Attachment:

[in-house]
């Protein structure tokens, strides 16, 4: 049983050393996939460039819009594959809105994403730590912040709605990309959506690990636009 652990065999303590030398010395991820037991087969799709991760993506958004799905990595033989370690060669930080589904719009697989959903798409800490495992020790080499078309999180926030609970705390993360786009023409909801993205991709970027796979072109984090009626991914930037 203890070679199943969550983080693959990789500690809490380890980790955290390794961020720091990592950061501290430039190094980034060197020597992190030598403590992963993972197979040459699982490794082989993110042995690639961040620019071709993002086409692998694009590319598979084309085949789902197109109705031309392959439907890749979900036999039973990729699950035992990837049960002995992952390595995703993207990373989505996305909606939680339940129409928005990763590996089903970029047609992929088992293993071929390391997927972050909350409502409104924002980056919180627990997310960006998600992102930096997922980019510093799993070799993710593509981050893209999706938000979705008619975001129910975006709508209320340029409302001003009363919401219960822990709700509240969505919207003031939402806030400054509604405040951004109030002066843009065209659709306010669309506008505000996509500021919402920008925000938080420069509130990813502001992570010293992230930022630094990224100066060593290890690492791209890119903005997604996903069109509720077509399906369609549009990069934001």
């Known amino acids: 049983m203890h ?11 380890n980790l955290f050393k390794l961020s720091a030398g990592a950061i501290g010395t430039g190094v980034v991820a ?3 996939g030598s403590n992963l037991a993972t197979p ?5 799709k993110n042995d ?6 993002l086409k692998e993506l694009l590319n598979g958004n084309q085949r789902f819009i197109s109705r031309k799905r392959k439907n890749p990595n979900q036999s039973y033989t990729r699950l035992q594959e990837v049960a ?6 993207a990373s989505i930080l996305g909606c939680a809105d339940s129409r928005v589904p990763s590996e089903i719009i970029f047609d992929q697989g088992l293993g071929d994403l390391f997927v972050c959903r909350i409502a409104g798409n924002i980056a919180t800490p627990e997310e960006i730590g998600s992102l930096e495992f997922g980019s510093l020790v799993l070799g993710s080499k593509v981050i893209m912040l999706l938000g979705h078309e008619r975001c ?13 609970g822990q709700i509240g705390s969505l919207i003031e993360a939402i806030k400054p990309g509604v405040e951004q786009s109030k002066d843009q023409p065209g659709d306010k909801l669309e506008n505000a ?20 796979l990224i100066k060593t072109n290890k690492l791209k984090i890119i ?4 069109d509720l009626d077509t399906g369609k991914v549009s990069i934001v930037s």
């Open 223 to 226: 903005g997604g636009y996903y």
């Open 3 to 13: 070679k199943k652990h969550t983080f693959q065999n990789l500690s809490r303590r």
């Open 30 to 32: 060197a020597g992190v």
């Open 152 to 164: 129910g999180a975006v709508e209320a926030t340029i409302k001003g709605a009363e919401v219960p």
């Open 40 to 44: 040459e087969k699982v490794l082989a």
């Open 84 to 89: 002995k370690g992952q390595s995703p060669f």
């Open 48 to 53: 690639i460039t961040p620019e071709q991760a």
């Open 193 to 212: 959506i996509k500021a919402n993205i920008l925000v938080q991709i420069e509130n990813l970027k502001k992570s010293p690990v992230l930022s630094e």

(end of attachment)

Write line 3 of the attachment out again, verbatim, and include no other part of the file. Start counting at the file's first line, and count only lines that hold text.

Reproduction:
């Known amino acids: 049983m203890h ?11 380890n980790l955290f050393k390794l961020s720091a030398g990592a950061i501290g010395t430039g190094v980034v991820a ?3 996939g030598s403590n992963l037991a993972t197979p ?5 799709k993110n042995d ?6 993002l086409k692998e993506l694009l590319n598979g958004n084309q085949r789902f819009i197109s109705r031309k799905r392959k439907n890749p990595n979900q036999s039973y033989t990729r699950l035992q594959e990837v049960a ?6 993207a990373s989505i930080l996305g909606c939680a809105d339940s129409r928005v589904p990763s590996e089903i719009i970029f047609d992929q697989g088992l293993g071929d994403l390391f997927v972050c959903r909350i409502a409104g798409n924002i980056a919180t800490p627990e997310e960006i730590g998600s992102l930096e495992f997922g980019s510093l020790v799993l070799g993710s080499k593509v981050i893209m912040l999706l938000g979705h078309e008619r975001c ?13 609970g822990q709700i509240g705390s969505l919207i003031e993360a939402i806030k400054p990309g509604v405040e951004q786009s109030k002066d843009q023409p065209g659709d306010k909801l669309e506008n505000a ?20 796979l990224i100066k060593t072109n290890k690492l791209k984090i890119i ?4 069109d509720l009626d077509t399906g369609k991914v549009s990069i934001v930037s």